Type of Document Dissertation Author Coym, Jason William Author's Email Address email@example.com URN etd-04192004-122753 Title The Use of Composition, Density, Pressure, and Temperature as Mobile Phase Variables in Reversed-Phase Chromatography Degree Doctor of Philosophy Department Chemistry and Biochemistry, Department of Advisory Committee
Advisor Name Title John G. Dorsey Committee Chair Alan G. Marshall Committee Member Gregory B. Dudley Committee Member Joel E. Kostka Committee Member William T. Cooper Committee Member Keywords
- Chromatographic Retention
- Supercritical Fluid Chromatography
- Mobile Phase
Date of Defense 2004-04-13 Availability unrestricted AbstractThis work consists of various studies of a “unified” theory of chromatography. Typically, liquid chromatography and gas chromatography are considered two separate techniques. In liquid chromatography, retention is controlled by the composition of the mobile phase, while in gas chromatography, retention is controlled by the temperature of the carrier gas. However, when the mobile phase variables of temperature, composition, and pressure are all considered, one observes that it is possible to traverse the entire phase space from gas to liquid without undergoing a phase transition. This is done by going through the supercritical fluid region. In this work, supercritical fluid chromatography was used as a “bridge” between gas and liquid chromatography.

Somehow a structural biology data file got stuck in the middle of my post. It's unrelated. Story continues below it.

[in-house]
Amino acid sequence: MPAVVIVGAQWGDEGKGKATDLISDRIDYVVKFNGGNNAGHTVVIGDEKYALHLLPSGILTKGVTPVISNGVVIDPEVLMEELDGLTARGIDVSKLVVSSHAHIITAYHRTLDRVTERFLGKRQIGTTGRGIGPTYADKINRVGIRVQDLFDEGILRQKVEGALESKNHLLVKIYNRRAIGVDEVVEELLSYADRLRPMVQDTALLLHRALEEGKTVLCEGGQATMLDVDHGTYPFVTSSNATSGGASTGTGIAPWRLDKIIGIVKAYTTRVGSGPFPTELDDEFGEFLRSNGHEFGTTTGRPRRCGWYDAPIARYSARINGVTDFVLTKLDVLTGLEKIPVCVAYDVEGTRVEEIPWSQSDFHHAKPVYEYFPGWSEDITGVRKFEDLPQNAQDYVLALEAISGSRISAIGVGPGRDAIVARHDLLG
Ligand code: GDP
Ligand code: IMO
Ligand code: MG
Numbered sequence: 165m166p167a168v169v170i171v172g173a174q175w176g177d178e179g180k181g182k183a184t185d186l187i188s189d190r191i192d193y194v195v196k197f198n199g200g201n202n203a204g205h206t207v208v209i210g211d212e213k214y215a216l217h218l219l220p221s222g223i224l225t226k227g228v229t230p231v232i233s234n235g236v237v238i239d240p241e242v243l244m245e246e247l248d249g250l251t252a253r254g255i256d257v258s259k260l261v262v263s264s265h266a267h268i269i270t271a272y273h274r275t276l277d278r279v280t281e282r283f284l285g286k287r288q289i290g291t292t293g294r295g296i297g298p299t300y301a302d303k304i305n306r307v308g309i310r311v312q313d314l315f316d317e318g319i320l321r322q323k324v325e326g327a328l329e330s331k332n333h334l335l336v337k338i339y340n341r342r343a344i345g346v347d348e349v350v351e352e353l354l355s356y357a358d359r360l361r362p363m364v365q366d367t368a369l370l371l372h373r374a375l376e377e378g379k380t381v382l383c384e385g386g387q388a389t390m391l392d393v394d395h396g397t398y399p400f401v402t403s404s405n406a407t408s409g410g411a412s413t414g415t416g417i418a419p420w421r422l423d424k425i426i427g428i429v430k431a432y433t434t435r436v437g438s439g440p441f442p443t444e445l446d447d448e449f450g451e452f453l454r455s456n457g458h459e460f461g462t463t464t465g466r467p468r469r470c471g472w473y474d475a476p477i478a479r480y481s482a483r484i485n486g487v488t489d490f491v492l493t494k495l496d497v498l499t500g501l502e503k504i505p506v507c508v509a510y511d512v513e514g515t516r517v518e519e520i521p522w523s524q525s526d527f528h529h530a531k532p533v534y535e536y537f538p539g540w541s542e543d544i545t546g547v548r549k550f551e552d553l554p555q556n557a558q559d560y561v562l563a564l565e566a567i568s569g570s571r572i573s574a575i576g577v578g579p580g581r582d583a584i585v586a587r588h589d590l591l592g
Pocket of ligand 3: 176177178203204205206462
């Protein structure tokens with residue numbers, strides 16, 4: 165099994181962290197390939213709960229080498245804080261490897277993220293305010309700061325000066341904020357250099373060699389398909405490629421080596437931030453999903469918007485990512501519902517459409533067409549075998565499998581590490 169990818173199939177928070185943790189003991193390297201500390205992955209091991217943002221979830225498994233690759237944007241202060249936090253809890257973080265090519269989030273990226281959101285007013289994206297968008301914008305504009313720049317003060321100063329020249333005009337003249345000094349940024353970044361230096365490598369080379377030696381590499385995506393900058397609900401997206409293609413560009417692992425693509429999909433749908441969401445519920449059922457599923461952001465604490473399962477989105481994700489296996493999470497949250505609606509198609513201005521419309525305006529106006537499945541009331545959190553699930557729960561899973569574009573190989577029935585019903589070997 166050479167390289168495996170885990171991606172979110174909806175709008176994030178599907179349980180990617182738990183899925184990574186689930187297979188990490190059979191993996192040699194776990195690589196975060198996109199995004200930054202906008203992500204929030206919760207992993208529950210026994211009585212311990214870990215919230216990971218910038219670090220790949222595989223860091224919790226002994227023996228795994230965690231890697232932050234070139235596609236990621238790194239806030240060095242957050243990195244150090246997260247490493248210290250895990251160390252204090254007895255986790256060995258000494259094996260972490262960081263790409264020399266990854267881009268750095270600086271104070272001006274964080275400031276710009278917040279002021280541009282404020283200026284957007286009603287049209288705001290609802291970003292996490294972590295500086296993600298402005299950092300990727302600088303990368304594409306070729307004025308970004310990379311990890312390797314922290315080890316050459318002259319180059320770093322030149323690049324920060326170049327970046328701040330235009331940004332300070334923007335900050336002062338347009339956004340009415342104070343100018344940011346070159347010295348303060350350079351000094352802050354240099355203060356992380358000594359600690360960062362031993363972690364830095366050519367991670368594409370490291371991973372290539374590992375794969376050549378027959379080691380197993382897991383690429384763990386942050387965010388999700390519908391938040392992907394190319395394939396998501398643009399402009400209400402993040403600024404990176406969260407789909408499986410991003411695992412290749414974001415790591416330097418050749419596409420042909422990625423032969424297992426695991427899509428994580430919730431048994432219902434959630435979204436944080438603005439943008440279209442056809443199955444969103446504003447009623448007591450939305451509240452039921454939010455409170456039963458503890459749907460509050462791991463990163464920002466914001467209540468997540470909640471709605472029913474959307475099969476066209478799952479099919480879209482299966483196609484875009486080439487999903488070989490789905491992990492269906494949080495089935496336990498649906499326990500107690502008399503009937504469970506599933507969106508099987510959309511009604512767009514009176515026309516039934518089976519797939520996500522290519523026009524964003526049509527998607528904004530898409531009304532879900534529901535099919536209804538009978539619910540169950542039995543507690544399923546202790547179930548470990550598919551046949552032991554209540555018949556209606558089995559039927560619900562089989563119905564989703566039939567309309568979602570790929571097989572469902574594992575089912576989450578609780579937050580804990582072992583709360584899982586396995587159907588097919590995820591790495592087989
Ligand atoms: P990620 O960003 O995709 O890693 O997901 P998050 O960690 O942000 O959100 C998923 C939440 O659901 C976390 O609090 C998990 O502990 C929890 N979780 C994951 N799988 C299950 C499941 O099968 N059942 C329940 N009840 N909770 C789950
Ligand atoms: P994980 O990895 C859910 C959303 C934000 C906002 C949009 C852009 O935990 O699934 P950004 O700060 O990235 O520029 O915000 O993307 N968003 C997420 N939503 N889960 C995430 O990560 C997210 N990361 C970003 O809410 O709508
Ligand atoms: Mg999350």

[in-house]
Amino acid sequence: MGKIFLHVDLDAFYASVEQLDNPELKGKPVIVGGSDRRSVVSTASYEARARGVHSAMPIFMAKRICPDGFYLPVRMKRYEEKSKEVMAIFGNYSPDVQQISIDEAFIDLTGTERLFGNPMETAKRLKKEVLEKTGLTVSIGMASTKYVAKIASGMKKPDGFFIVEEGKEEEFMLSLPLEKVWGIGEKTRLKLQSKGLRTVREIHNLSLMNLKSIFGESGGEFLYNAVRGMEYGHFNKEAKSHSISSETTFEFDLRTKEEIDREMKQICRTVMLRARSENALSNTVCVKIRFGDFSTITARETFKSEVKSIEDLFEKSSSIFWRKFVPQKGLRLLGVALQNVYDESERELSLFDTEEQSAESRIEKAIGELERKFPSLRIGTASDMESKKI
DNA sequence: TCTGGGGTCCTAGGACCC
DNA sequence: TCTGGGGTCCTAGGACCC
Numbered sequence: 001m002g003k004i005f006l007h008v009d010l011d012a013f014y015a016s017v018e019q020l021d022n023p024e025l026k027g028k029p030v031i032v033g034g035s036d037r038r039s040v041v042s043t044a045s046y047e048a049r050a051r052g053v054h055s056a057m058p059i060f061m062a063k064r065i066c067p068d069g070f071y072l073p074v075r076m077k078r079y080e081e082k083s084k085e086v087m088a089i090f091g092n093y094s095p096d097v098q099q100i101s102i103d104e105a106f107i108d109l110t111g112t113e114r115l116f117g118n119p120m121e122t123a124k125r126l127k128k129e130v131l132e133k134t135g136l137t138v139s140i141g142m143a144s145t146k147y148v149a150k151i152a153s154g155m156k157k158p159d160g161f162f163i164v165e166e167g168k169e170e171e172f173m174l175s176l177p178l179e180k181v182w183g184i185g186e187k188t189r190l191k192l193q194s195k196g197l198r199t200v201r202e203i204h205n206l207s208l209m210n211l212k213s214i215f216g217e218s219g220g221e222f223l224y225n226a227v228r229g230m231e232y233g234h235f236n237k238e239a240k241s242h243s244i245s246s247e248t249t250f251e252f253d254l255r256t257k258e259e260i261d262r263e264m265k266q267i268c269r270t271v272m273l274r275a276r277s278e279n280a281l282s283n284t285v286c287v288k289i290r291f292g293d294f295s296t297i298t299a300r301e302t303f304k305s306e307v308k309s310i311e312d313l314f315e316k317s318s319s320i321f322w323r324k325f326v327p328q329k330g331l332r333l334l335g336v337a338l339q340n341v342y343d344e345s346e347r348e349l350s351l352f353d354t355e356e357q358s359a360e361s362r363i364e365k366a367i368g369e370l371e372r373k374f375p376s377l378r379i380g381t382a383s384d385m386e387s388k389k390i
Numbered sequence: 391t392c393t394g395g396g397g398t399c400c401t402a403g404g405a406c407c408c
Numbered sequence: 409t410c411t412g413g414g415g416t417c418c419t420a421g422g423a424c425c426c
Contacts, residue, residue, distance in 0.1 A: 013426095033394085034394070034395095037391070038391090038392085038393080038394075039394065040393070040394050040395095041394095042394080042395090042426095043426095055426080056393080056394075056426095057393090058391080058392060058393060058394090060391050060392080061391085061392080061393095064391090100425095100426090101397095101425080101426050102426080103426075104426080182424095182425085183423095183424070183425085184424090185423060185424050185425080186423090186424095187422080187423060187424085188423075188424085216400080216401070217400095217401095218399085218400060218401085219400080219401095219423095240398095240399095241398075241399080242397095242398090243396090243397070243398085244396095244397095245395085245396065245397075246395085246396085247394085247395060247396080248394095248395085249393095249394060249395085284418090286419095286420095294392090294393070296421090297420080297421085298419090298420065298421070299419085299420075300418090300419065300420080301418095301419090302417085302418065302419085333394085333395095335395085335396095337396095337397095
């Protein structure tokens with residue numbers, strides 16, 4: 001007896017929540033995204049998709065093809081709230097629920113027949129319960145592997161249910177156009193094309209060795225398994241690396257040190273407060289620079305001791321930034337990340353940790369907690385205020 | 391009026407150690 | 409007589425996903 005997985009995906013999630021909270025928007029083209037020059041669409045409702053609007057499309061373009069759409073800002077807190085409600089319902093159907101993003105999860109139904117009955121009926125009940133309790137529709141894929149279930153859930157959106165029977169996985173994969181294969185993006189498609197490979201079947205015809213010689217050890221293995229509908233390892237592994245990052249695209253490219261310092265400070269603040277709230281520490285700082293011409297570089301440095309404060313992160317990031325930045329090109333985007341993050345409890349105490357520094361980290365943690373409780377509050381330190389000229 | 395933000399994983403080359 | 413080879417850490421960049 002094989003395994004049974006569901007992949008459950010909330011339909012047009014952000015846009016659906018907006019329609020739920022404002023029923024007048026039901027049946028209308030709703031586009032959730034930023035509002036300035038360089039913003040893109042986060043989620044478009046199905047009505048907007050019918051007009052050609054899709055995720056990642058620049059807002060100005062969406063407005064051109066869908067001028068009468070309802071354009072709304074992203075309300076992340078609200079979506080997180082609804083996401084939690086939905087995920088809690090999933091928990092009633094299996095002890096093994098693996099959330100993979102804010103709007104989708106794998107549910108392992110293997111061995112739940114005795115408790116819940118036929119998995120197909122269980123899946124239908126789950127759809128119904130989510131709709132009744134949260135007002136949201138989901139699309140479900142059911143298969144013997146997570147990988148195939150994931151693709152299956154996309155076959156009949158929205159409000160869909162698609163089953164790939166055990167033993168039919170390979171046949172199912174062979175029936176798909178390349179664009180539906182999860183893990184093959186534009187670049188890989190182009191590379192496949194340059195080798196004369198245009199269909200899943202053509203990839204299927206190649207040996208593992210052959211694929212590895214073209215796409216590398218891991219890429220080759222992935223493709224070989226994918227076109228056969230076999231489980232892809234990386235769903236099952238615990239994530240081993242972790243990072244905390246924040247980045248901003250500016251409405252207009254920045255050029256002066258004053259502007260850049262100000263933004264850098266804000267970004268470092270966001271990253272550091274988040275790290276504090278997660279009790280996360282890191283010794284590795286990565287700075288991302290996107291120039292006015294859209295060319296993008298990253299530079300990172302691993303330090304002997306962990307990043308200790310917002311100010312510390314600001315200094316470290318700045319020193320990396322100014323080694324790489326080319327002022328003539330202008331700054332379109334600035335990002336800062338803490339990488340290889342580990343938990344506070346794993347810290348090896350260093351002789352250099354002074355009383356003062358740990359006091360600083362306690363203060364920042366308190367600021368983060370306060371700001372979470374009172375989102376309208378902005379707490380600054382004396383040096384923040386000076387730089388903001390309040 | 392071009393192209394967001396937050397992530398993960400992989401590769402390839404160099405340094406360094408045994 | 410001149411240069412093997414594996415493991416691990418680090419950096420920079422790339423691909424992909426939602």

Using mobile phases of either neat carbon dioxide, or CO2 mixed with an organic modifier, the entire phase space can be examined by setting appropriate pressure, temperature, and composition values. Retention and selectivity are examined as functions of mobile phase composition, temperature, and density. Continuous trends as the phase space is traversed suggest a unified description of chromatography. In addition, work was performed examining the effect of temperature and stationary phase chemistry on the phaes ratio and gradient reequilibration volume in reversed-phase chromatography. After a solvent gradient is run, it takes a significant amount of time to reequilibrate the column to the initial mobile phase composition before the next run is performed. It was found that for some stationary phases, temperature has a significant influence on gradient reequilibration time, while for others there is little or no temperature dependence.
Shape selectivity in the context of unified chromatography was examined. Shape selectivity refers to the ability of a chromatographic system to separate shape isomers. Using CO2/acetonitrile mobile phases, Shape selectivity trends as a function of mobile phase composition, as the mobile phase goes from supercritical fluid to subcritical fluid to enhanced fluid to liquid, are examined. Changes in selectivity as the mobile phase traverses the phase diagram were continuous, suggesting that the mechanism for shape selectivity was the same, regardless of the “type” of chromatography being performed. A study of the effect of mobile phase density on shape selectivity was performed, using neat carbon dioxide as the mobile phase. As density is decreased, shape selectivity increases. This is due to the an increase in stationary phase interactions as the mobile phase density is reduced.